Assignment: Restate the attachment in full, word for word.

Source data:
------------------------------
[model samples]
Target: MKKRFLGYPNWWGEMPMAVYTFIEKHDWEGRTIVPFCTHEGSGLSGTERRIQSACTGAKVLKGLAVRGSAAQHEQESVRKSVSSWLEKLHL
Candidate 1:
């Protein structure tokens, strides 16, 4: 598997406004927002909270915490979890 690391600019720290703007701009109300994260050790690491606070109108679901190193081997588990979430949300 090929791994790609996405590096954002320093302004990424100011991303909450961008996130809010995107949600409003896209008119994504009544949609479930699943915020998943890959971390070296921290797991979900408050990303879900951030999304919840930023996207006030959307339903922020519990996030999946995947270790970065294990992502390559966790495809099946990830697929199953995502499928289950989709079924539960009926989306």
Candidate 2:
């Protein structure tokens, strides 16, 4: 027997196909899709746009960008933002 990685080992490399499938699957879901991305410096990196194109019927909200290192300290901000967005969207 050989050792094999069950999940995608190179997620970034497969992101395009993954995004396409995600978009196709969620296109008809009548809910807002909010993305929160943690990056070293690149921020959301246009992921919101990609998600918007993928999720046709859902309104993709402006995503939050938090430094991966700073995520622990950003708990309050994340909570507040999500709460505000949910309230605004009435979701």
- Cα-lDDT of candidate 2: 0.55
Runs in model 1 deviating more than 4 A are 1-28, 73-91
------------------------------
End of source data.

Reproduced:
[model samples]
Target: MKKRFLGYPNWWGEMPMAVYTFIEKHDWEGRTIVPFCTHEGSGLSGTERRIQSACTGAKVLKGLAVRGSAAQHEQESVRKSVSSWLEKLHL
Candidate 1:
């Protein structure tokens, strides 16, 4: 598997406004927002909270915490979890 690391600019720290703007701009109300994260050790690491606070109108679901190193081997588990979430949300 090929791994790609996405590096954002320093302004990424100011991303909450961008996130809010995107949600409003896209008119994504009544949609479930699943915020998943890959971390070296921290797991979900408050990303879900951030999304919840930023996207006030959307339903922020519990996030999946995947270790970065294990992502390559966790495809099946990830697929199953995502499928289950989709079924539960009926989306």
Candidate 2:
């Protein structure tokens, strides 16, 4: 027997196909899709746009960008933002 990685080992490399499938699957879901991305410096990196194109019927909200290192300290901000967005969207 050989050792094999069950999940995608190179997620970034497969992101395009993954995004396409995600978009196709969620296109008809009548809910807002909010993305929160943690990056070293690149921020959301246009992921919101990609998600918007993928999720046709859902309104993709402006995503939050938090430094991966700073995520622990950003708990309050994340909570507040999500709460505000949910309230605004009435979701």
- Cα-lDDT of candidate 2: 0.55
Runs in model 1 deviating more than 4 A are 1-28, 73-91